‘Bell at Sealey Head’ a magical tale

  I’ve never read a book by Patricia A. McKillip before, and after reading “The Bell at Sealey Head” I am shocked that I had never heard of her.
  I love the fantasy genre, and if “Bell” is an example, McKillip is right up my alley. Some of her other titles include “Solstice Wood,” “Harrowing the Dragon,” “Song for the Basilisk” and “The Sorceress and the Cygnet.” The titles alone make me want to read these books, but if they were not enough, the cover art would make me pick them up.
  “The Bell at Sealey Head” is a little reminiscent of “The Lion, the Witch and the Wardrobe.” The mysterious Aislinn House is on the outskirts of the small town that sits at the edge of the ocean. Everyone knows everyone in the tiny place.
  Judd Cauley and his father, Dugold, own the Inn at Sealey Head, which doesn’t get much traffic. Gwyneth Blair is from a wealthy merchant family and loves books and writing. Gwyneth most often can be found in the company of the Sproule siblings, Raven and Daria, the son and daughter of a well-to-do farming family. Lady Eglantyne, who is dying, lives in Aislinn House, along with her staff, which includes the young housemaid Emma.
  What all of these and other characters have in common is the bell, which everyone hears at sunset but none has seen. And then there’s the magic of Aislinn House, whose doors sometimes open to another world, one filled with princesses, knights and rituals. All of those who live in this other world must follow the rituals and never question why. This is a problem for princess Ysabo, who is befriended by Emma after the housemaid opens a door and stumbles upon the hidden kingdom.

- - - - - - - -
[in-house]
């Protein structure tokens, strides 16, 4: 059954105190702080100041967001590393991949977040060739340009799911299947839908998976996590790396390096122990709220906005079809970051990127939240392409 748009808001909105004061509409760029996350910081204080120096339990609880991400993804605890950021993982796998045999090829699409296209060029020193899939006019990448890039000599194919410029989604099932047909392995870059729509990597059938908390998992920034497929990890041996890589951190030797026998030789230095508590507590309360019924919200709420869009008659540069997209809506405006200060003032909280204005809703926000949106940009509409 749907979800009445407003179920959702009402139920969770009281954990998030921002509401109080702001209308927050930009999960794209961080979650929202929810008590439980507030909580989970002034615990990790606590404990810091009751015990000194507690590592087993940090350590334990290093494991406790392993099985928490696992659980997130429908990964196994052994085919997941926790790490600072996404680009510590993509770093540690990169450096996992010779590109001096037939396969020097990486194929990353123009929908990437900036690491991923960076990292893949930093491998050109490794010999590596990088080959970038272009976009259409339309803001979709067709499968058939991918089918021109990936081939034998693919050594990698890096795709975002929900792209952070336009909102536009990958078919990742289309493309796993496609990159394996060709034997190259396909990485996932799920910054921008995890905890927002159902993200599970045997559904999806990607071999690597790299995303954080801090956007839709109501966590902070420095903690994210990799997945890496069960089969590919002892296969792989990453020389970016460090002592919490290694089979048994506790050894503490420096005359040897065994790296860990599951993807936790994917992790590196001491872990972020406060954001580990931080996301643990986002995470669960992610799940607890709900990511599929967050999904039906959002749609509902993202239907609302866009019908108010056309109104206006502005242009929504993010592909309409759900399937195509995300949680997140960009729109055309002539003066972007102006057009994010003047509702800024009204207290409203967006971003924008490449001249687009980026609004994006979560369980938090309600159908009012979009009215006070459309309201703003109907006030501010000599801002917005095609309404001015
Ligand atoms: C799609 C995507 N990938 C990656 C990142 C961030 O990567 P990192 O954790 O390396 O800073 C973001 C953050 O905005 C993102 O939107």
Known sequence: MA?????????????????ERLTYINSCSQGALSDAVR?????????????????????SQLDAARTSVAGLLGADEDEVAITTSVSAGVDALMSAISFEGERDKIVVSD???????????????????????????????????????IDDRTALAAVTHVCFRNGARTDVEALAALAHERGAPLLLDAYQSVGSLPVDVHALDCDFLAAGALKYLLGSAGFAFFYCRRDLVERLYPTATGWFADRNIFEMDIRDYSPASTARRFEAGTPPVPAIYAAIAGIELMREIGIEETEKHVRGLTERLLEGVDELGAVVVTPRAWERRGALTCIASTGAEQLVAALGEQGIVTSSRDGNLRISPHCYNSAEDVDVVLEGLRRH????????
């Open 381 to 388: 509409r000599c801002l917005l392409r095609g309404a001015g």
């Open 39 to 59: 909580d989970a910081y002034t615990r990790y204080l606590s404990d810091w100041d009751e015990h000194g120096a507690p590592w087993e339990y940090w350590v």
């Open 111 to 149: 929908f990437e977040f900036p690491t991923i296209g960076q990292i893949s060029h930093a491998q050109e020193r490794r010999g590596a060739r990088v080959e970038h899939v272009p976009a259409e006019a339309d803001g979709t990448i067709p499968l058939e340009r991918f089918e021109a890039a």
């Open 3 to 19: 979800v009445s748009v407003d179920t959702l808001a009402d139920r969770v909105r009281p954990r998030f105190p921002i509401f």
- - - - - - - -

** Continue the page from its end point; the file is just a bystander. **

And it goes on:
After a knight proposes to Ysabo, and her mother says it’s part of the ritual for her to marry him, the princess begins to question her world. Her grandmother tells her the ritual must be followed.
  “Think of the ritual as something powerful enough to call up the sun, to set the waves in motion, bring down the moon. If the sun will not rise out of the sea; the sea itself will stop, lie silent and idle as a puddle in the perpetual black. Imagine that your blood will stop flowing, lie as stagnant in your veins.”
  Soon, strangers come to town, many asking questions about the bell and Aislinn House, and the residents of Sealey Head begin to see that all is not as it appears in their small village.
  McKillip creates a wonderful world in this book. It’s magical yet realistic, as if a door in any house could take readers into another realm created from the very best of their imaginations.
  I’ll definitely be picking up another one of McKillip’s books.

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